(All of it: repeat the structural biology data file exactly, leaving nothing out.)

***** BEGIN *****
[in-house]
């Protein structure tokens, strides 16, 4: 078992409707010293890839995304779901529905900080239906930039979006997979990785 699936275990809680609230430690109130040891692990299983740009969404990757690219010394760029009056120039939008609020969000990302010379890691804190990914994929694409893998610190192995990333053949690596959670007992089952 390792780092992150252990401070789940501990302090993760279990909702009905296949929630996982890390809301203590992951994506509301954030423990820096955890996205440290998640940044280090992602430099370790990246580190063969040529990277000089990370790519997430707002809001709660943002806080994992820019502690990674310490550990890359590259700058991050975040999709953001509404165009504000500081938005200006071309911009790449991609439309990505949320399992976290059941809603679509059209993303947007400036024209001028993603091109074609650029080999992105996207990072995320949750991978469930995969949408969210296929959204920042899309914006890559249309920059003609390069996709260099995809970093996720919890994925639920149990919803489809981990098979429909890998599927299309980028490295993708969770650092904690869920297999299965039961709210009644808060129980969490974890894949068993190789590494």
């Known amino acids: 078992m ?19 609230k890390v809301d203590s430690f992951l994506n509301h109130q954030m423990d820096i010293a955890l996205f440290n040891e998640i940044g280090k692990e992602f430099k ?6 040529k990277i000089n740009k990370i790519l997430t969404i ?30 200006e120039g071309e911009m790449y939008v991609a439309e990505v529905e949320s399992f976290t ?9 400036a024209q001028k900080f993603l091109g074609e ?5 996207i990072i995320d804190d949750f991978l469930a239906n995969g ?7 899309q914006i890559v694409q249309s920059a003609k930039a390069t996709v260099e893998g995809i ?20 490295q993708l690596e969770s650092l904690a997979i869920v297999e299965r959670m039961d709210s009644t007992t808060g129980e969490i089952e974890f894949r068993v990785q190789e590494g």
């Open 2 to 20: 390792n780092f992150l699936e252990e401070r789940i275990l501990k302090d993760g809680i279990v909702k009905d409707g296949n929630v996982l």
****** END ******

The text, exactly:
[in-house]
């Protein structure tokens, strides 16, 4: 078992409707010293890839995304779901529905900080239906930039979006997979990785 699936275990809680609230430690109130040891692990299983740009969404990757690219010394760029009056120039939008609020969000990302010379890691804190990914994929694409893998610190192995990333053949690596959670007992089952 390792780092992150252990401070789940501990302090993760279990909702009905296949929630996982890390809301203590992951994506509301954030423990820096955890996205440290998640940044280090992602430099370790990246580190063969040529990277000089990370790519997430707002809001709660943002806080994992820019502690990674310490550990890359590259700058991050975040999709953001509404165009504000500081938005200006071309911009790449991609439309990505949320399992976290059941809603679509059209993303947007400036024209001028993603091109074609650029080999992105996207990072995320949750991978469930995969949408969210296929959204920042899309914006890559249309920059003609390069996709260099995809970093996720919890994925639920149990919803489809981990098979429909890998599927299309980028490295993708969770650092904690869920297999299965039961709210009644808060129980969490974890894949068993190789590494």
């Known amino acids: 078992m ?19 609230k890390v809301d203590s430690f992951l994506n509301h109130q954030m423990d820096i010293a955890l996205f440290n040891e998640i940044g280090k692990e992602f430099k ?6 040529k990277i000089n740009k990370i790519l997430t969404i ?30 200006e120039g071309e911009m790449y939008v991609a439309e990505v529905e949320s399992f976290t ?9 400036a024209q001028k900080f993603l091109g074609e ?5 996207i990072i995320d804190d949750f991978l469930a239906n995969g ?7 899309q914006i890559v694409q249309s920059a003609k930039a390069t996709v260099e893998g995809i ?20 490295q993708l690596e969770s650092l904690a997979i869920v297999e299965r959670m039961d709210s009644t007992t808060g129980e969490i089952e974890f894949r068993v990785q190789e590494g």
């Open 2 to 20: 390792n780092f992150l699936e252990e401070r789940i275990l501990k302090d993760g809680i279990v909702k009905d409707g296949n929630v996982l």